NEW YORK (TheStreet) -- Poor, misunderstood Chesapeake Energy (CHK) CEO Aubrey McClendon. He's really the victim, isn't he, in the current controversy over his fiefdom otherwise known as a publicly traded company owned by shareholders.
One thing is likely: No matter what anyone else thinks -- including some of the biggest pension funds in the world that would like to see the Chesapeake CEO put on a leash -- McClendon probably thinks he is the one being unfairly targeted.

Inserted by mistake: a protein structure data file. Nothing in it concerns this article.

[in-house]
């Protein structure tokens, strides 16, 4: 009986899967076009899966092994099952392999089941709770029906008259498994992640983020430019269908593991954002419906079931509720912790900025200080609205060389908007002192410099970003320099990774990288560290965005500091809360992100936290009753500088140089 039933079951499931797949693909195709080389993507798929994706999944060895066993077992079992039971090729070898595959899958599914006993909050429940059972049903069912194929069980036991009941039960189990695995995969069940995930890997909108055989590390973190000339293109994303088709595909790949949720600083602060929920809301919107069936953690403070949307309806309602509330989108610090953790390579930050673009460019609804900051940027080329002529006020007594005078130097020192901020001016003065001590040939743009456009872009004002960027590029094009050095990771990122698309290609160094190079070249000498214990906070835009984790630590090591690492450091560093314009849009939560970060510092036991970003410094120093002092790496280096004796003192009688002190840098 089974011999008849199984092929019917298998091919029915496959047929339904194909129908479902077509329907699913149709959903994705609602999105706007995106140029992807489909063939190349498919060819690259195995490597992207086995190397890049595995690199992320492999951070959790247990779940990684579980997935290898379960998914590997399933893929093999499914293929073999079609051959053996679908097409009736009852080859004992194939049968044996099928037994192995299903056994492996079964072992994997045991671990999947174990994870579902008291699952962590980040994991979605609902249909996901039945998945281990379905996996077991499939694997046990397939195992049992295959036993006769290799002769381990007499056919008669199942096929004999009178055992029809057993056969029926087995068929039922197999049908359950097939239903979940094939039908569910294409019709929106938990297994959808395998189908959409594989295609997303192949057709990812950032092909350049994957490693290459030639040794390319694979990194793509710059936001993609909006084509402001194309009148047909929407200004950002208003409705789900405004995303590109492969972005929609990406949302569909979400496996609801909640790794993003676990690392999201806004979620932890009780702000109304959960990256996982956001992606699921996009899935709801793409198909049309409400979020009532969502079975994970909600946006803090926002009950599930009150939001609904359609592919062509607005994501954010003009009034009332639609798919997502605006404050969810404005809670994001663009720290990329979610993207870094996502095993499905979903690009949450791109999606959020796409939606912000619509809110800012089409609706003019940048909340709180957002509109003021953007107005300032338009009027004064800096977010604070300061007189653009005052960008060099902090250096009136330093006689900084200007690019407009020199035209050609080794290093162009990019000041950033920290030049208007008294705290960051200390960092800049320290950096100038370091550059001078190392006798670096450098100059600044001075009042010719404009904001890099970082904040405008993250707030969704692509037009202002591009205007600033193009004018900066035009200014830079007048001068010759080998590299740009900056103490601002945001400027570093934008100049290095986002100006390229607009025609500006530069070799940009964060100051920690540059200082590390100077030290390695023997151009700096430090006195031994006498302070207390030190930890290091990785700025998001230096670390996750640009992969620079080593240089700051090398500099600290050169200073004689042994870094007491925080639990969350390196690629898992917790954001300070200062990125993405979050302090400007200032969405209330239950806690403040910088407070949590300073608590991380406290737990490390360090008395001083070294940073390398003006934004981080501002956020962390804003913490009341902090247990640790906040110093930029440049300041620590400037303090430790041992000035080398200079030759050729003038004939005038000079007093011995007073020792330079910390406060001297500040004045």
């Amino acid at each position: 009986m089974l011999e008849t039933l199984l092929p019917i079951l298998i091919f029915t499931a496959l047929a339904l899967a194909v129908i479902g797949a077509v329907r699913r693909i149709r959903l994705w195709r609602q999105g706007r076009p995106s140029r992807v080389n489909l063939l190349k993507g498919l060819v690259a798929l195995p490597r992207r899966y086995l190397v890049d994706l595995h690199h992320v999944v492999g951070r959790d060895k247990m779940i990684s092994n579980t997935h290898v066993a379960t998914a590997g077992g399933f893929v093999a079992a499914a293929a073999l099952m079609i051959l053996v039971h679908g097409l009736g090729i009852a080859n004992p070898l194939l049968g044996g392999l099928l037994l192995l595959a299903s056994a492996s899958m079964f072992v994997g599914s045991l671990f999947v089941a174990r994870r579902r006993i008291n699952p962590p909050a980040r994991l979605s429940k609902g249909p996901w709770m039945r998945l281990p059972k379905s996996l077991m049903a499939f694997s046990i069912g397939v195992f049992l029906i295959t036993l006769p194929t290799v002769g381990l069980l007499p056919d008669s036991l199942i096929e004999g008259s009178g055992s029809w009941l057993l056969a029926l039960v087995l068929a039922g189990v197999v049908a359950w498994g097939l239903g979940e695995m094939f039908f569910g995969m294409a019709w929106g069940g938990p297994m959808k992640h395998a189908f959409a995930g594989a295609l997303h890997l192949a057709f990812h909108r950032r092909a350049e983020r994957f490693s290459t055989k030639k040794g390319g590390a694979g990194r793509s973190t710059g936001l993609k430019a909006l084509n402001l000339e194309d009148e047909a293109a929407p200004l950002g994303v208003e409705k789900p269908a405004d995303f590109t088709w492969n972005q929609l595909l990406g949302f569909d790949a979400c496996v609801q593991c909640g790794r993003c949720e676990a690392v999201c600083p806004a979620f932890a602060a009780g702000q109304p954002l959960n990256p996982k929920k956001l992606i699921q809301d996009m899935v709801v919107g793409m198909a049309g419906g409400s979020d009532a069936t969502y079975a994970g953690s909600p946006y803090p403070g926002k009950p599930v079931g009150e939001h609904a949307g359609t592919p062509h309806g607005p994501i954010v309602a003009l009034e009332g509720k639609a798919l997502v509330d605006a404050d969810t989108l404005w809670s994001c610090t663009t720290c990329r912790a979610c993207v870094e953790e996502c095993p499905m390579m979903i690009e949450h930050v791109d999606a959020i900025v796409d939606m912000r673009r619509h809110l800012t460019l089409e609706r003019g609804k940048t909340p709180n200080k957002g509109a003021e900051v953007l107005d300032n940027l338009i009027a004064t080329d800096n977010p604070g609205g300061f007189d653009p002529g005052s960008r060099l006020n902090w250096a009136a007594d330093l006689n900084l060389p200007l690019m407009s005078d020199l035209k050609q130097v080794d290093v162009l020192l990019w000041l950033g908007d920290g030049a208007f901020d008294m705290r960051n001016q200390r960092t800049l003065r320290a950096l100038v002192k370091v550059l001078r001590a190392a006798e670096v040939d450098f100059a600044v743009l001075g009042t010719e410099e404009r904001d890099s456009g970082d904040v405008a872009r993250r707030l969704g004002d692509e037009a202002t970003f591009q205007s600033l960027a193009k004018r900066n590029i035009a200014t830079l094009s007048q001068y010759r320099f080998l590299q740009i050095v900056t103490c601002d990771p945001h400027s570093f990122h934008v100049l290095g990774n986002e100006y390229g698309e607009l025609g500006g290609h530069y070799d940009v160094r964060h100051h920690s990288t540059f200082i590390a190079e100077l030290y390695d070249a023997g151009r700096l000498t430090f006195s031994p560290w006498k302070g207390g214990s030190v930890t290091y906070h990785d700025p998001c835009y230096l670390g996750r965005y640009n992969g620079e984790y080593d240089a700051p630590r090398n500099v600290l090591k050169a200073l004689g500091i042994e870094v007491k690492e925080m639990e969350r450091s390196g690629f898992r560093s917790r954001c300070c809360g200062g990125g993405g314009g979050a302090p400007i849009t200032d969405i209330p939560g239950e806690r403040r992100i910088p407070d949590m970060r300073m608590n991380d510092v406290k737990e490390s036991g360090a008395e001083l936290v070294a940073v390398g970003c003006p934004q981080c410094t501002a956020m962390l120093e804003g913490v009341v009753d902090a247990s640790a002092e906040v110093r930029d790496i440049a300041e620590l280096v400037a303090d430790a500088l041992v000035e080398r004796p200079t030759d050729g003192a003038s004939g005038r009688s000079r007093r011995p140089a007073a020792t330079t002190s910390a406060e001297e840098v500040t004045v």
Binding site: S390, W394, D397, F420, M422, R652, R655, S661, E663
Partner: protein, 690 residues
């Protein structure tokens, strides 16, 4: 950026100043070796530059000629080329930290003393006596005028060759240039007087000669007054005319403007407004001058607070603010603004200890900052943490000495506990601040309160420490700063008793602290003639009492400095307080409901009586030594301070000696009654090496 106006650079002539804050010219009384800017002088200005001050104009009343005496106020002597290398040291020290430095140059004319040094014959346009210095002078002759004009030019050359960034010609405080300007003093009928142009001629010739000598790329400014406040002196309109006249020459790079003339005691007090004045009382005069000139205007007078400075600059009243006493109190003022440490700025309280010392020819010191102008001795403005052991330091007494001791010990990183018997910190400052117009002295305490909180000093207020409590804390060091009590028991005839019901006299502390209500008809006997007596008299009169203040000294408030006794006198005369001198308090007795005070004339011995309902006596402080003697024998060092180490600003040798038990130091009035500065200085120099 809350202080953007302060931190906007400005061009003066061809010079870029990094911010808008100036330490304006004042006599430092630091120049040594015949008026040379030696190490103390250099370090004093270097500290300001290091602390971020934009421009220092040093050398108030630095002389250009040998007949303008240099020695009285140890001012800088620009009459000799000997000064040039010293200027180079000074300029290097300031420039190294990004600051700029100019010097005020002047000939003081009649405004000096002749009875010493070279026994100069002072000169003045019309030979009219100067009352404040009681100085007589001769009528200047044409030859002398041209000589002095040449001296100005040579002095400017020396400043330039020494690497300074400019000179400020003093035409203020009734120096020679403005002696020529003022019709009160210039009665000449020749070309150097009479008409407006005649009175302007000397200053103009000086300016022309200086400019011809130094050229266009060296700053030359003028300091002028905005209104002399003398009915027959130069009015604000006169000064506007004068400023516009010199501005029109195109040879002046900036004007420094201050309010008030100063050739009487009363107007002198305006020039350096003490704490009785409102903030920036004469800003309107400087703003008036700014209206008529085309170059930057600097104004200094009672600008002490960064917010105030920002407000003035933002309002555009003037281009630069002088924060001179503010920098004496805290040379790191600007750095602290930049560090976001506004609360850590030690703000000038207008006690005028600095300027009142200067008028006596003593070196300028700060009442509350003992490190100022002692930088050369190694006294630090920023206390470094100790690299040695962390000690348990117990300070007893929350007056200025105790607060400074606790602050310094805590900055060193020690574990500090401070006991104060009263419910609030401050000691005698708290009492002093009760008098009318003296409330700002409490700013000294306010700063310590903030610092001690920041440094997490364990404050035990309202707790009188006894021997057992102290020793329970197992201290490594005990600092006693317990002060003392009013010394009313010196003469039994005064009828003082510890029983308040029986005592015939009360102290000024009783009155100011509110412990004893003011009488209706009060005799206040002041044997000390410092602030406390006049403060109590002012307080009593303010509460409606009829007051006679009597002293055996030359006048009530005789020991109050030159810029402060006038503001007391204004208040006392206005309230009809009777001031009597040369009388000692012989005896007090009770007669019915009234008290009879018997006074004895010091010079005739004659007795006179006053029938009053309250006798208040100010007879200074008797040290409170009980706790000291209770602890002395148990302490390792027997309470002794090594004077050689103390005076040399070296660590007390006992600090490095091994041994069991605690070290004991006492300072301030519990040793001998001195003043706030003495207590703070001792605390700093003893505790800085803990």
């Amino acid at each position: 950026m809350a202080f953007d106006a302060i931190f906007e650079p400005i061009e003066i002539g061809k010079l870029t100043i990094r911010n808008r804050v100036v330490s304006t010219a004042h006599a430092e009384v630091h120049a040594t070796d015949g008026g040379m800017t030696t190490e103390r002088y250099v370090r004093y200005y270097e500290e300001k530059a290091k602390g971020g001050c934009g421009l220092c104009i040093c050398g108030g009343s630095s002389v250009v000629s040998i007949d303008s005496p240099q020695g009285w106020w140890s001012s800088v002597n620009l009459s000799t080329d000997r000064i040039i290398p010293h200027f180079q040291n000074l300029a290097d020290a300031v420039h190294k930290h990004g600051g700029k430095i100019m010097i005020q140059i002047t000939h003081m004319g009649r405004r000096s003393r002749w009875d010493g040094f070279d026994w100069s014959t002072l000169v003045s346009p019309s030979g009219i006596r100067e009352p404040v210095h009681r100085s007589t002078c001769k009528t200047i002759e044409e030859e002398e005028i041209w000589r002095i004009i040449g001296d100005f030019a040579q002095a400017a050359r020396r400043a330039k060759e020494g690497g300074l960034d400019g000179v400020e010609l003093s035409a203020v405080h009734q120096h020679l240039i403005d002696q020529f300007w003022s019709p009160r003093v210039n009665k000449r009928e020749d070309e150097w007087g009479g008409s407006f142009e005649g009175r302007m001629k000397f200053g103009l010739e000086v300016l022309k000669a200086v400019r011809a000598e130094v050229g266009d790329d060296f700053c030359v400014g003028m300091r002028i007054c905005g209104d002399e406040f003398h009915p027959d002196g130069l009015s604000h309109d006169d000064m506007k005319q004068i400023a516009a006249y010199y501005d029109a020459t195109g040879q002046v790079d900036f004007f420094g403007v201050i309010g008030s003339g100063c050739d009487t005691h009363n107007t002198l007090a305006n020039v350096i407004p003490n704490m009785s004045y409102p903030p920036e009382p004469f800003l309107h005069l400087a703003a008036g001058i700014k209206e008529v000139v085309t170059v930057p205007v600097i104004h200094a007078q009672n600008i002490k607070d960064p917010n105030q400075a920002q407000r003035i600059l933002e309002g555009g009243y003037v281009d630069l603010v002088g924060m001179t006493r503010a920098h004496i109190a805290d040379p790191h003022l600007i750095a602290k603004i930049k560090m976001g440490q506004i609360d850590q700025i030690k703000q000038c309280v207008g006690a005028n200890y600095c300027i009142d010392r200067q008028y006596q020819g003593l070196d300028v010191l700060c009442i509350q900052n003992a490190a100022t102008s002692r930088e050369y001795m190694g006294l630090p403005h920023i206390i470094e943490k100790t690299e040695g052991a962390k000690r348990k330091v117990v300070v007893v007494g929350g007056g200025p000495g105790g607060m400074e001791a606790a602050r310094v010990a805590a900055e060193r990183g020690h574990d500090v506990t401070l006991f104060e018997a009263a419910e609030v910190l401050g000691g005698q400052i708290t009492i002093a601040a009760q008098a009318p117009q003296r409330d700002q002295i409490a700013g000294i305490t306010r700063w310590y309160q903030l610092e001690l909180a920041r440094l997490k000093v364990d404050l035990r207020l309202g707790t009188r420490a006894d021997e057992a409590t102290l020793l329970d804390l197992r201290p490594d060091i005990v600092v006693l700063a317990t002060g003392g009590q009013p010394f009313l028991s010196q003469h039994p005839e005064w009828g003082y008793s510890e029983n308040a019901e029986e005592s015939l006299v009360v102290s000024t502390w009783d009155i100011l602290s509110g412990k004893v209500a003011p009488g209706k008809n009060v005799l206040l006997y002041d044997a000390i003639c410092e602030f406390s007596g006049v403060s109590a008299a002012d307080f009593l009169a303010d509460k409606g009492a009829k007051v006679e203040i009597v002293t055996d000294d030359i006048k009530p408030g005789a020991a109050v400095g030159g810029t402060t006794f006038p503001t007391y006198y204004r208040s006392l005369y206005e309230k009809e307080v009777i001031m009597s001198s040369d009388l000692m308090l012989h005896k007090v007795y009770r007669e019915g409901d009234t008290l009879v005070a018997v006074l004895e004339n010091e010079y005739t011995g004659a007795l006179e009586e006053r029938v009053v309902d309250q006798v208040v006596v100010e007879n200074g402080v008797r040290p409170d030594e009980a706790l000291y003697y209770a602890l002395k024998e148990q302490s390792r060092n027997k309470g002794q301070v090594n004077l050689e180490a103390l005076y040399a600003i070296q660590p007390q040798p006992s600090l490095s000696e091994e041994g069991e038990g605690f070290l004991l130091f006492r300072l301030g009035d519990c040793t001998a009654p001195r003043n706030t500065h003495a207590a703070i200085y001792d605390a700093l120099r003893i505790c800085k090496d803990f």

Last November, when I had the chance to interview McClendon on the sidelines of a conference in New York, it wasn't too long after the first in what's now been worked into a Moby Dick-sized volume from the collected financial press attacking the embattled CEO of the second-largest oil and gas driller in the U.S. after Exxon Mobil (XOM). Chesapeake is actually No. 1 in terms of the number of rigs actively drilling on U.S. land right now.I asked McClendon about the New York Times piece in which Times writer Ian Urbina referred to Chesapeake as more or less being a Ponzi scheme - the print "shot across the bow" so to speak -- and McClendon answered in a way I found curious. He didn't respond to the accusations directly, but with somewhat of an exasperated look of a naif who has lost his innocence. He riffed on what a long-time reader of the Times he has been. The Chesapeake CEO seemed to feel personally wounded by the piece, stabbed in the back by a publication with which he has long began his mornings: "I read the New York Times every day for 30 years, and now I say gosh -- I never read the editorial page because I understood the bias there - I didn't understand just straight stories could be so biased." The "bias" as McClendon likes to view it, has now hit a crescendo in the aftermath of the Reuters investigation into the CEO's controversial well ownership. Controversy is nothing new for Chesapeake or McClendon, but with natural gas prices at a decade low and shareholders at a boiling point, it's a perfect storm for "death spiral" talk about Chesapeake. I even received a comment on Thursday from a city council member in a Texas town where Chesapeake dominates the drilling who asked, "We wonder how vulnerable our town is to a Chesapeake bankruptcy. " Yes, Aubrey, it's come to this. Short interest in Chesapeake shares has been on a steady rise, reaching close to 9% of the company's float as of mid-April, and increasing by roughly 62% since a year-ago. It could simply be a trade on the descent in natural gas prices -- Exco Resources (XCO), another proxy on natural gas prices has a similar short interest chart over recent months -- or it could be the beginning of the "death spiral" that some, including Real Money columnist Dan Dicker, see coming for Chesapeake as the David Einhorns of the hedge fund world see a fresh, and valuable carcass, to carve up.
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